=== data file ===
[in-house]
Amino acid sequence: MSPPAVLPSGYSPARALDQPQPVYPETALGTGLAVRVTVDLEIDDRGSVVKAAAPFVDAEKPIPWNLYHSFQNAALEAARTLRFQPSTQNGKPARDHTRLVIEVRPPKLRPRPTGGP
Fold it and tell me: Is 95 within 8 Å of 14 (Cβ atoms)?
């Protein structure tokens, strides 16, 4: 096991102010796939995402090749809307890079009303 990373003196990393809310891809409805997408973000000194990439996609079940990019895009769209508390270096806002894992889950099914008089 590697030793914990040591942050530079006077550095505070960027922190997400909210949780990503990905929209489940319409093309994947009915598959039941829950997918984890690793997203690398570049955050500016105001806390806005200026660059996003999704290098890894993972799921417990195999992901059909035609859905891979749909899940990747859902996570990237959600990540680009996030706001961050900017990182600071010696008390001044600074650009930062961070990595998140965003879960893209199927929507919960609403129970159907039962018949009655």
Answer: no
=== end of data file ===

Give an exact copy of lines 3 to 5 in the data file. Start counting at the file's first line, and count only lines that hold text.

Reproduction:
Fold it and tell me: Is 95 within 8 Å of 14 (Cβ atoms)?
């Protein structure tokens, strides 16, 4: 096991102010796939995402090749809307890079009303 990373003196990393809310891809409805997408973000000194990439996609079940990019895009769209508390270096806002894992889950099914008089 590697030793914990040591942050530079006077550095505070960027922190997400909210949780990503990905929209489940319409093309994947009915598959039941829950997918984890690793997203690398570049955050500016105001806390806005200026660059996003999704290098890894993972799921417990195999992901059909035609859905891979749909899940990747859902996570990237959600990540680009996030706001961050900017990182600071010696008390001044600074650009930062961070990595998140965003879960893209199927929507919960609403129970159907039962018949009655």
Answer: no